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A Simple Strategy to Encourage a Growth MindSet

Mindset is a word that is coming up more and more when talking about education. As it is becoming so common it is important for us to learn the appropriate teaching strategies to help our children have a growth mindset rather than a fixed mindset. A person with a fixed mindset believes that they are born with a certain amount of ability and brains that’s that. A person with a growth mindset believes that a person can develop through hard work, resilience and effort.



Here’s an example of growth mindset in practice within in my classroom. I have a very simple strategy and it’s one that you could try at home. Adding the word YET.


By adding this small but powerful word to the end of a negative sentence it transforms the meaning. Take for example the sentence “I’m not good at this.” This is a very tough sentence to digest if you’re a young child as this sentence is full of blame, self-blame. It screams I’m not good and it’s my fault. By adding the word yet to this sentence it makes the sentence less about blame and more about the learning opportunity: “I’m not good at this yet.” By adding the word yet it has now opened the child’s, or person’s mind to the potential learning opportunity available in a given situation. By presenting the learning opportunity to the scenario it gives the child the option to either learn and succeed or learn and fail (and therefore learn some more).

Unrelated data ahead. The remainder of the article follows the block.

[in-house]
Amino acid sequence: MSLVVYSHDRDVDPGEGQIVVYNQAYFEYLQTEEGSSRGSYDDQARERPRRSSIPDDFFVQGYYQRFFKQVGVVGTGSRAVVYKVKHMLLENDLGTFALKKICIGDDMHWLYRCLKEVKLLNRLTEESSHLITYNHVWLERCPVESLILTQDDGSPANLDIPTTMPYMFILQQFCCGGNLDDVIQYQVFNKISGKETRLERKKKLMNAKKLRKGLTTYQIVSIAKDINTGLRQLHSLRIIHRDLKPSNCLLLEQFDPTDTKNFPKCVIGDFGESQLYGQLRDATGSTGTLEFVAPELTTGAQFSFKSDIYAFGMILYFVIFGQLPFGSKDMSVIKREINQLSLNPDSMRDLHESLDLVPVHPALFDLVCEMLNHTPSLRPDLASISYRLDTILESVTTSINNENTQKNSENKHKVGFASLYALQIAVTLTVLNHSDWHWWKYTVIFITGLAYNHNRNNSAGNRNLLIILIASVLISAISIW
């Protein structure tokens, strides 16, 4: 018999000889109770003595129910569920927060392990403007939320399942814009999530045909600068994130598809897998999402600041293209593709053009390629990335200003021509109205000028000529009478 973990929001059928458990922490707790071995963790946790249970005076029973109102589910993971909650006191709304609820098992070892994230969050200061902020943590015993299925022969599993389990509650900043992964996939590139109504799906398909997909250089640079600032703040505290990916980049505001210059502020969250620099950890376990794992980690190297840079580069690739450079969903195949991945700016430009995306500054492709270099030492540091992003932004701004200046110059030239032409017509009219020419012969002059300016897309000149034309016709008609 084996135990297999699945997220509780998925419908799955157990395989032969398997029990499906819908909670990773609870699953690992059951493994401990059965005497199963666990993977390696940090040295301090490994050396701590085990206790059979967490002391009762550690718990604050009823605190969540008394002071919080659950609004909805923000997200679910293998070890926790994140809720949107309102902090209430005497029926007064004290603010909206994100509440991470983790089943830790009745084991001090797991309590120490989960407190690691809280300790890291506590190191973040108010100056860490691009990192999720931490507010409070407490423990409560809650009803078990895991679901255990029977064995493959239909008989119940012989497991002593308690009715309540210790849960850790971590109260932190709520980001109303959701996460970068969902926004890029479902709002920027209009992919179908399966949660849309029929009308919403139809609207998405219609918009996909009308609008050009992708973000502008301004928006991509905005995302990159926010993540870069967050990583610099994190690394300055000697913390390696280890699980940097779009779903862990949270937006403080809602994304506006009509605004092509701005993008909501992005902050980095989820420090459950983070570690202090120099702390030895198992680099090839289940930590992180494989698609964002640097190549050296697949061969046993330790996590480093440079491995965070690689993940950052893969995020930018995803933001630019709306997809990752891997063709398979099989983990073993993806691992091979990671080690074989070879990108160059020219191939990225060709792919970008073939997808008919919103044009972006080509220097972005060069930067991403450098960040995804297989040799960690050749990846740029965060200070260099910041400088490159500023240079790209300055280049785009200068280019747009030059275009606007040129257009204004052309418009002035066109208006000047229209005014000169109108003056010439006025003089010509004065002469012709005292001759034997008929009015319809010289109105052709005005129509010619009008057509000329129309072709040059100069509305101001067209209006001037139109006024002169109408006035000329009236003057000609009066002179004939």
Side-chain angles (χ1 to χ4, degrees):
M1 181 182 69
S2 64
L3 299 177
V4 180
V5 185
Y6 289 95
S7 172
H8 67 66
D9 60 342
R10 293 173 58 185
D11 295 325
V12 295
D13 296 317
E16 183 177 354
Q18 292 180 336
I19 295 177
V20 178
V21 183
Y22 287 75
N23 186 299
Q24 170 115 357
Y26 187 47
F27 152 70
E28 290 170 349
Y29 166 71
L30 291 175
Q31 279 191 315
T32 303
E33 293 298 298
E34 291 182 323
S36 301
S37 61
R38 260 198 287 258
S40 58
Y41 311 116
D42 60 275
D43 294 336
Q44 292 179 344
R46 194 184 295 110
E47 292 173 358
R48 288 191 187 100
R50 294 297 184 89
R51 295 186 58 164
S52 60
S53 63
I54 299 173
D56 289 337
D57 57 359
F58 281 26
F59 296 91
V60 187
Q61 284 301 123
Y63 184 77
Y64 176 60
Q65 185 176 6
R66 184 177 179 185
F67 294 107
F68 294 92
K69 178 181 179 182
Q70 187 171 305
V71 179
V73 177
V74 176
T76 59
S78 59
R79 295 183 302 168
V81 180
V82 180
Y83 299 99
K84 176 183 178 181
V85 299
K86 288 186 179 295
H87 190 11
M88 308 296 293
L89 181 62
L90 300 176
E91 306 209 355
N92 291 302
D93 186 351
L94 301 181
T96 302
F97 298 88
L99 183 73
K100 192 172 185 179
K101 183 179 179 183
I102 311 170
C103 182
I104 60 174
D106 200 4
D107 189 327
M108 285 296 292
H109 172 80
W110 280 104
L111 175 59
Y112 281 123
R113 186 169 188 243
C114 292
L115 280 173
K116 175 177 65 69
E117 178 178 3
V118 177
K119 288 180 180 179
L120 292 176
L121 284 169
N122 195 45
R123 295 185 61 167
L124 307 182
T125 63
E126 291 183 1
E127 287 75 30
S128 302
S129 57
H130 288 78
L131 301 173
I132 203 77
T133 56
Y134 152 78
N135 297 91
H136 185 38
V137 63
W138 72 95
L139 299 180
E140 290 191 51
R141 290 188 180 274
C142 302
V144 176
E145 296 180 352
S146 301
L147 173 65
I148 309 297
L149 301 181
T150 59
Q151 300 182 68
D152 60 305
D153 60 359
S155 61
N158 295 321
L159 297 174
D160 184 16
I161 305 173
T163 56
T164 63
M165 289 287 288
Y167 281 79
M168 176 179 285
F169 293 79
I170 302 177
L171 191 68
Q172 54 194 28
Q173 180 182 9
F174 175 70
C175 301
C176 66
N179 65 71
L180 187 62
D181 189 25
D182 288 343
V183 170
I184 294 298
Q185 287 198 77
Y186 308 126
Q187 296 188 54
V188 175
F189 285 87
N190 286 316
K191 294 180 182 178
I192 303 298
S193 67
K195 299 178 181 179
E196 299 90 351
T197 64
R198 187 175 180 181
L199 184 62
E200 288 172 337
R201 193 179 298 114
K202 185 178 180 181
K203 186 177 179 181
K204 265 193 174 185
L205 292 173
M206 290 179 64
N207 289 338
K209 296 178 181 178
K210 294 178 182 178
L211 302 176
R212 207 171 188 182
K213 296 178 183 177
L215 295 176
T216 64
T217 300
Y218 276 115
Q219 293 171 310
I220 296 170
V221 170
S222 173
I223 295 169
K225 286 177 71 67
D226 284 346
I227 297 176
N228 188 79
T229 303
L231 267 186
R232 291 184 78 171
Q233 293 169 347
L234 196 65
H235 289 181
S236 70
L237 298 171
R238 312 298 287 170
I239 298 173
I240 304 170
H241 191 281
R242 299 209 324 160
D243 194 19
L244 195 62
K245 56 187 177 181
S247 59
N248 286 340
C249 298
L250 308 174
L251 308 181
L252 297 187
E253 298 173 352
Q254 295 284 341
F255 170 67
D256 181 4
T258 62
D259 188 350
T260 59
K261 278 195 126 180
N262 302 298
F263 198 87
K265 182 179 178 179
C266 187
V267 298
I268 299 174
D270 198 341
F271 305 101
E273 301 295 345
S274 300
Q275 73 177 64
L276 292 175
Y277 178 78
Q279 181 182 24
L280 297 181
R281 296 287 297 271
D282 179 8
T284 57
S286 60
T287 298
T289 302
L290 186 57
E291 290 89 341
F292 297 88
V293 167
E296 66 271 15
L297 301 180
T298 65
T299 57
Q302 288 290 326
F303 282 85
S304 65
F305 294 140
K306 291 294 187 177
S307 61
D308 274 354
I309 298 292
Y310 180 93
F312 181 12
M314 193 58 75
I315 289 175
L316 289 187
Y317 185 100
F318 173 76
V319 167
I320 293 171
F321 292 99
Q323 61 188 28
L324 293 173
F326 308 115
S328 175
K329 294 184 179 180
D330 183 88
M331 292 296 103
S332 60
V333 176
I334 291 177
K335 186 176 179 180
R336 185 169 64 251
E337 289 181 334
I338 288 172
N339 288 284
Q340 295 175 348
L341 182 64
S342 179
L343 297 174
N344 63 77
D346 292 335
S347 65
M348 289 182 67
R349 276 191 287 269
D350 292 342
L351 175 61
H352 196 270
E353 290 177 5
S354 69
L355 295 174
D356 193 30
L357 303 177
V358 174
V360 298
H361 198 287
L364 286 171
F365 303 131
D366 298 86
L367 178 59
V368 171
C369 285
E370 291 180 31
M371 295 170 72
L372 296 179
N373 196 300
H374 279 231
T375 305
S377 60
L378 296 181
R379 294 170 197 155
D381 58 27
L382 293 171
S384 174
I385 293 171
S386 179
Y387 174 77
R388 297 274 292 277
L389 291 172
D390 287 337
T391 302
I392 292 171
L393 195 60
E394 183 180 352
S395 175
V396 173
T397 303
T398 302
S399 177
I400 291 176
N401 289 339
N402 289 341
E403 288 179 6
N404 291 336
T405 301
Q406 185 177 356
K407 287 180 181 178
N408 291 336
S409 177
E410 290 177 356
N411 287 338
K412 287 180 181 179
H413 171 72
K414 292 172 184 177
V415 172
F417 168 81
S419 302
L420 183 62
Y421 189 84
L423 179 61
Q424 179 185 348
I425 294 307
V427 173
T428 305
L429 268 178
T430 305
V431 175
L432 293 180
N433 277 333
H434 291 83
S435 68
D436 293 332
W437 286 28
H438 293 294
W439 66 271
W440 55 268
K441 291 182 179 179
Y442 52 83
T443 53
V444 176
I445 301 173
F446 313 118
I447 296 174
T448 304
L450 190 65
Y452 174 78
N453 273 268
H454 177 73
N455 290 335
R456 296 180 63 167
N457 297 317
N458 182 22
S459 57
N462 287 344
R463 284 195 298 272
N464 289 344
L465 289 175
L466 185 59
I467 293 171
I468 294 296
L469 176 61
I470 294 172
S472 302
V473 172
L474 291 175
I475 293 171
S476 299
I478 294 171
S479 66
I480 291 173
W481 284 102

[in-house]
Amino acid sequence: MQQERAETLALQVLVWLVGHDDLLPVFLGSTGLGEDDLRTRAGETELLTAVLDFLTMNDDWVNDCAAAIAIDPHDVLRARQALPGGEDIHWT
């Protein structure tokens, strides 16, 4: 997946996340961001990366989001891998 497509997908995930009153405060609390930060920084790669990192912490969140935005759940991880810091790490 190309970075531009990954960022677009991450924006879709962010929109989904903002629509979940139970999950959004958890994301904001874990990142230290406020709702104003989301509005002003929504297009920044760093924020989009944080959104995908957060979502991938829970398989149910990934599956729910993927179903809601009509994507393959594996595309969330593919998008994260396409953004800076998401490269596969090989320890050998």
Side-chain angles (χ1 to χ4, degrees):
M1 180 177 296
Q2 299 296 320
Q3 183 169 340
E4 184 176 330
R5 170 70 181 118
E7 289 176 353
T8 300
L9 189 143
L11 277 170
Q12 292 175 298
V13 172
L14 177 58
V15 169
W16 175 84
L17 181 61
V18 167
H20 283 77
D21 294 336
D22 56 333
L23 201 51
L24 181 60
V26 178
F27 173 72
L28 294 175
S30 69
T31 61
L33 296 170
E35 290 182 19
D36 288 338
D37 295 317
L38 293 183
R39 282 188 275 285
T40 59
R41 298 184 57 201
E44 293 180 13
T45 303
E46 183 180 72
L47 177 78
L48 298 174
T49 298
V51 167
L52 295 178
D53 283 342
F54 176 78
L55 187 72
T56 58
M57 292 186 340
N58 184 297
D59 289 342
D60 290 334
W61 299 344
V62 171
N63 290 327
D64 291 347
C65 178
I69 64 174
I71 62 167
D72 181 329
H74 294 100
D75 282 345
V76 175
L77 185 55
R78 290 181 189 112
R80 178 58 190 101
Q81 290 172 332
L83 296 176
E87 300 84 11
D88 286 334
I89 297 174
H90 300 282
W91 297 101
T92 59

Along with a growth mindset, children need to be taught the appropriate coping strategies to deal with failure. They need to become aware that failure is a journey, it’s not the destination. When we fail at something we are learning what we need to focus on. As an parent/educator it’s important to remember (and teach) that although everybody make mistakes; we are not the mistakes. To ensure that children embrace challenges, and their mistakes, we need to ensure that they’re reflecting on each challenging situation and not blaming themselves for the mistakes they’ve made, or will inevitably make. So do your best to add yet to the end of a negative sentence that you find your child, or yourself using to help grow your mindset.


Stephen Flood- Life Skills Academy

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